It was a beautiful afternoon and we were having a great time together. I had stashed the ring in the car before we left, but found I couldn’t get to the car to retrieve the ring without Natasha asking what I was doing. While we were sitting on the couch, though, she said it was time for a nap before going out to dinner. That was my opportunity to get the ring. I almost messed up, though, blurting out, “Yeah, that is a great idea!” After a surprised and weird look, she headed for a nap. I waited about 30 minutes, headed out to the car, and snatched the ring from the flat tire carrier–the only place I knew she would not look. I dashed back upstairs and hid the ring under the couch. A while later, she woke up, we went to a great dinner, then came back to the apartment and got settled in.

I’d had ankle surgery about five weeks prior, and was still in a walking boot. With her sitting on the couch, I went over to her and tried to kneel down. Much to my surprise, it was impossible to kneel with the boot on, so I had to propose on two knees. After many kisses, hugs, tears and, of course, a “yes,” we were engaged. We set a date of May 3, 2009, with months of planning the wedding and her finishing school in front of us.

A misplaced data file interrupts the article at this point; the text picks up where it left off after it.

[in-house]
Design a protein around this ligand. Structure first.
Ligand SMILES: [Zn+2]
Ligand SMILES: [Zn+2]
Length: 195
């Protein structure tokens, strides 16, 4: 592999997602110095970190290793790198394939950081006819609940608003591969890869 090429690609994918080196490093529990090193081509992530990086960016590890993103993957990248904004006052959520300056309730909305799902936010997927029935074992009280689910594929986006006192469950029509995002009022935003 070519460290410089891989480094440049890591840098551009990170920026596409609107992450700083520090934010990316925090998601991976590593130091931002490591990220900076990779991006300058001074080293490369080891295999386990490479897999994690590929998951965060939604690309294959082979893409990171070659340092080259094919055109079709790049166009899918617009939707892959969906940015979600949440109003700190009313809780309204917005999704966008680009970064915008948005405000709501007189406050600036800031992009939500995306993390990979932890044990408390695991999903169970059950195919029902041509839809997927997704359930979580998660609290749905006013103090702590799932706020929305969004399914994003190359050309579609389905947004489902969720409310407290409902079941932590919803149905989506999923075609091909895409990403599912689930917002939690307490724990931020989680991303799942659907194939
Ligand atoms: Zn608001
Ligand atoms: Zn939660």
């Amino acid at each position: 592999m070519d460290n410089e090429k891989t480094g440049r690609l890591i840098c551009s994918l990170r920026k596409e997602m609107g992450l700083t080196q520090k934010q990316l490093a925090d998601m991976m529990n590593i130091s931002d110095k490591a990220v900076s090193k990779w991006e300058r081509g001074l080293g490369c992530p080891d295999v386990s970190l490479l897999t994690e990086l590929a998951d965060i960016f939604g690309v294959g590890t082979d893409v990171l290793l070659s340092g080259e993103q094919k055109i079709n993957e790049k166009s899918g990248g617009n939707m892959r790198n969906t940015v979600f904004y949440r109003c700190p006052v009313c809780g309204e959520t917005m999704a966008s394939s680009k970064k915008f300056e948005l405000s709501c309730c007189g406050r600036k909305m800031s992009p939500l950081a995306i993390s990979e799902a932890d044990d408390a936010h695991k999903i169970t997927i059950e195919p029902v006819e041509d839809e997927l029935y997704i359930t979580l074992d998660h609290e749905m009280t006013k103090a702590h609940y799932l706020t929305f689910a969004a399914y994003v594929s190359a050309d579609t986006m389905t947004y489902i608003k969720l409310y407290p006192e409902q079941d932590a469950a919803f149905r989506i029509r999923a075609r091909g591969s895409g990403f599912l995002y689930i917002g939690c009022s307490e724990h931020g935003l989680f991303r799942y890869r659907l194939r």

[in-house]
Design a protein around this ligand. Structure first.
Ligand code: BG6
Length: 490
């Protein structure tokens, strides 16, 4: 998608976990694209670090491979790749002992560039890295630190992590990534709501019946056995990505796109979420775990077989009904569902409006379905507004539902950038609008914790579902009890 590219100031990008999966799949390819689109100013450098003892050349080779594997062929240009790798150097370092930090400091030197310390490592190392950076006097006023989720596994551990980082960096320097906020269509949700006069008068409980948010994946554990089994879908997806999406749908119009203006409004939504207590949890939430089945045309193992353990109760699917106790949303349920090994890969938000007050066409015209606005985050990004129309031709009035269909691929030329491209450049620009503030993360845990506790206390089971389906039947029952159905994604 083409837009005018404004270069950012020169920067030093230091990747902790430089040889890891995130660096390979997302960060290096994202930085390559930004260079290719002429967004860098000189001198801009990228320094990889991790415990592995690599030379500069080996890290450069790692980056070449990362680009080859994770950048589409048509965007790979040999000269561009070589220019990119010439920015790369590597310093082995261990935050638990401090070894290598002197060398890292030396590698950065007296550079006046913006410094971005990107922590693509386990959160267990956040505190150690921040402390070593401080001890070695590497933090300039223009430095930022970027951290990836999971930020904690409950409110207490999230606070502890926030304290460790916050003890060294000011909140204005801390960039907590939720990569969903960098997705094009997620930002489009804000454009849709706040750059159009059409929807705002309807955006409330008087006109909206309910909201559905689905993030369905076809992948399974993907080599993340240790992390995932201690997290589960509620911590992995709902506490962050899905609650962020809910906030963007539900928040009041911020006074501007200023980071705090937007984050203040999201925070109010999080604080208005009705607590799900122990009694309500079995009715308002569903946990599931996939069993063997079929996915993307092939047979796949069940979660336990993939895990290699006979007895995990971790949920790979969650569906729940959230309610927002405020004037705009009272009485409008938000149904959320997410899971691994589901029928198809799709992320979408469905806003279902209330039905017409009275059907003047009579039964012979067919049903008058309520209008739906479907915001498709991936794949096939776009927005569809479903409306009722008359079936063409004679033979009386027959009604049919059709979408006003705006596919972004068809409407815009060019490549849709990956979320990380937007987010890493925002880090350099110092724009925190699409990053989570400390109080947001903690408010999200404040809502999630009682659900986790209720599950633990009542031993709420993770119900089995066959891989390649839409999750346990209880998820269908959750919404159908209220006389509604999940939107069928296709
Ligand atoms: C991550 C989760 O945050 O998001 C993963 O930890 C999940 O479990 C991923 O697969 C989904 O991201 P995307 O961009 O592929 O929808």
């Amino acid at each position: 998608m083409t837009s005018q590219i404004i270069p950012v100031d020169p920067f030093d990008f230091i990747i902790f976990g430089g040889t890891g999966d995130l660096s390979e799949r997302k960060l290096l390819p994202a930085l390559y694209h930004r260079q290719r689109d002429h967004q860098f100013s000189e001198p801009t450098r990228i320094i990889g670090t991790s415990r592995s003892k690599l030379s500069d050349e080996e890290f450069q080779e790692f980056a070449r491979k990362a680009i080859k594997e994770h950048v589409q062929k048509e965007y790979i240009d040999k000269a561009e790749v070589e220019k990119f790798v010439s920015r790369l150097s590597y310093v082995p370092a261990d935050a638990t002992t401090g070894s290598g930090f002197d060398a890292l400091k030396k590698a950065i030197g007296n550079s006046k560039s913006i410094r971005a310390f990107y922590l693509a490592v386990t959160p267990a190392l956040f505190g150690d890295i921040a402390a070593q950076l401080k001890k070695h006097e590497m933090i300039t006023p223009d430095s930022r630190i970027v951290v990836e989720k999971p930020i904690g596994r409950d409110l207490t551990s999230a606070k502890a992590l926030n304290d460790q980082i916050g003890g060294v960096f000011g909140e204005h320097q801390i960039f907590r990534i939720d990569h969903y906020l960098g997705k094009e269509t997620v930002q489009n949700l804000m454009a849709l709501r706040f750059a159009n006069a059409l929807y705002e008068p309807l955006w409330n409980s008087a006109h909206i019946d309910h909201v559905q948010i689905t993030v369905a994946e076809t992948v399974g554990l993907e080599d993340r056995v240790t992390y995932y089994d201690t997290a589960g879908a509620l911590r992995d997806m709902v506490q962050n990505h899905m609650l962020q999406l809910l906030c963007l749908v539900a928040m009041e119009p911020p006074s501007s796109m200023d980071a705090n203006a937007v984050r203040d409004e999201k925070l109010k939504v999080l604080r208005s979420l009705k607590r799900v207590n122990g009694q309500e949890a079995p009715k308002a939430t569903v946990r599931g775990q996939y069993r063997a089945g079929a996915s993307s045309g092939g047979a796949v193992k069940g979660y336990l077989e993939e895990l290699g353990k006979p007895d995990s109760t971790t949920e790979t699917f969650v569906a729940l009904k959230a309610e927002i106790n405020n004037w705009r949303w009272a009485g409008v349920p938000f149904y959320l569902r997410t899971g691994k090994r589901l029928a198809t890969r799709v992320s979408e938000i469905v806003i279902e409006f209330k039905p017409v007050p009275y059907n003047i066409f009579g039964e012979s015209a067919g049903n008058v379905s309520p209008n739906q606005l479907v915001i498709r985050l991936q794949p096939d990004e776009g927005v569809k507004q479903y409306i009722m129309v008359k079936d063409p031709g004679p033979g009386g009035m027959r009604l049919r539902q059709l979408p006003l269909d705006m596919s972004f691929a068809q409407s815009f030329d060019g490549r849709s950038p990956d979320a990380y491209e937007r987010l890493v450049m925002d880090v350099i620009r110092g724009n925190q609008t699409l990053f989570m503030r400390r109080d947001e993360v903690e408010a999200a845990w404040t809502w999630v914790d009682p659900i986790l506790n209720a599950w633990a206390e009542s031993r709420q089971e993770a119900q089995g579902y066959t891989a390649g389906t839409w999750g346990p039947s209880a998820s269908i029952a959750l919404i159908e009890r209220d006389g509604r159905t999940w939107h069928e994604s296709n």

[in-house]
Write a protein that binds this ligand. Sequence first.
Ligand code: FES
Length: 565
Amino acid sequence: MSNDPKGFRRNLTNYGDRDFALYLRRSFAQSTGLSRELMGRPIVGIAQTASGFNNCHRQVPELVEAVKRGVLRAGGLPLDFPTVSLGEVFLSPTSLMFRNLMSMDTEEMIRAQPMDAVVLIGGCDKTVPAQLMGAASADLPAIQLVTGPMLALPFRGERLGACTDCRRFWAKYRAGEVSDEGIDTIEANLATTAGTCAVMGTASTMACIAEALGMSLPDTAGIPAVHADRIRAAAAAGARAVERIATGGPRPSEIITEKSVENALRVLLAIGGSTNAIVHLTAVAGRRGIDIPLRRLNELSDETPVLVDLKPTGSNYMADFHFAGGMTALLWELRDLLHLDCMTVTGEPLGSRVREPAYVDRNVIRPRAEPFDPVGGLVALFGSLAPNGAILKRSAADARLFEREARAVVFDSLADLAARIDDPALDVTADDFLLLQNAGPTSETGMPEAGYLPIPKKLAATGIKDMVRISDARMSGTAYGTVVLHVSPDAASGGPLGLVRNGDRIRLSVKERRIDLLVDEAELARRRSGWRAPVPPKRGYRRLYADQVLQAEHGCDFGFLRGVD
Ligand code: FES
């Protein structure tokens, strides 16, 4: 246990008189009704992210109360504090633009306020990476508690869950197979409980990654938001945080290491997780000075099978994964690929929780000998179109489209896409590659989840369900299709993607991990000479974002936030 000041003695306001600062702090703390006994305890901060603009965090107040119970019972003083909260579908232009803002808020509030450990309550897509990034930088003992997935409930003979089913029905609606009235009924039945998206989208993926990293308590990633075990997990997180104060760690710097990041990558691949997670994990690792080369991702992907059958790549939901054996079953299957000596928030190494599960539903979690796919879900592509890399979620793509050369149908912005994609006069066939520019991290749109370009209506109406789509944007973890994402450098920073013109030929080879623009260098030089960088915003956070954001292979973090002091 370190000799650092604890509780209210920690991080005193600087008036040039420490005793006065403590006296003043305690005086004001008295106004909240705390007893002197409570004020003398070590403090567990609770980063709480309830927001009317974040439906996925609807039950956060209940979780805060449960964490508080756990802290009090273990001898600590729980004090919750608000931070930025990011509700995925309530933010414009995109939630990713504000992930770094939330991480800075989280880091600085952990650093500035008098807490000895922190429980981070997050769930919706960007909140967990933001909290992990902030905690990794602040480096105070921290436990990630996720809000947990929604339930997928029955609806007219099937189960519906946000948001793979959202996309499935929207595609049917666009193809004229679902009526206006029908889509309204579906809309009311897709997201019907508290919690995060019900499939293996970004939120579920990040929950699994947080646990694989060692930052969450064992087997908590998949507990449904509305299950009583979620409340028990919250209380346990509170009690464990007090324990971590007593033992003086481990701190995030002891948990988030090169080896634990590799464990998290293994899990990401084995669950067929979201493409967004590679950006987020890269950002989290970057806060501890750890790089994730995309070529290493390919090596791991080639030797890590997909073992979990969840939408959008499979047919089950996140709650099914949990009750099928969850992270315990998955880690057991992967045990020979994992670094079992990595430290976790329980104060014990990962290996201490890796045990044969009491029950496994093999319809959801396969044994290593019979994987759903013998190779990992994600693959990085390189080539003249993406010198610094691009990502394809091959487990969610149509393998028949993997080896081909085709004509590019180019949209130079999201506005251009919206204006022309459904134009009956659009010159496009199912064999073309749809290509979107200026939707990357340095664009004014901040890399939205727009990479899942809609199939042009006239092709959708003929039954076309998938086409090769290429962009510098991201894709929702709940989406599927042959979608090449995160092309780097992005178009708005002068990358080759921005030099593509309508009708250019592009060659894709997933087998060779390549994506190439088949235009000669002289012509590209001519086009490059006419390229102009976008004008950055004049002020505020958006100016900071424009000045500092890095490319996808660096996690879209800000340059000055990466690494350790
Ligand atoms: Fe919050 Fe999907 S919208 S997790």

Shortly after returning home, we started talking about honeymoon destinations. I had never flown on a plane before and said I never would. However, after a few bribes and a lot of begging I decided I would fly, but in that same breath told Natasha that I was not flying halfway around the world not to be able to shoot something. She said that was fine so long as she could shoot something, too. So began my search for the perfect honeymoon place.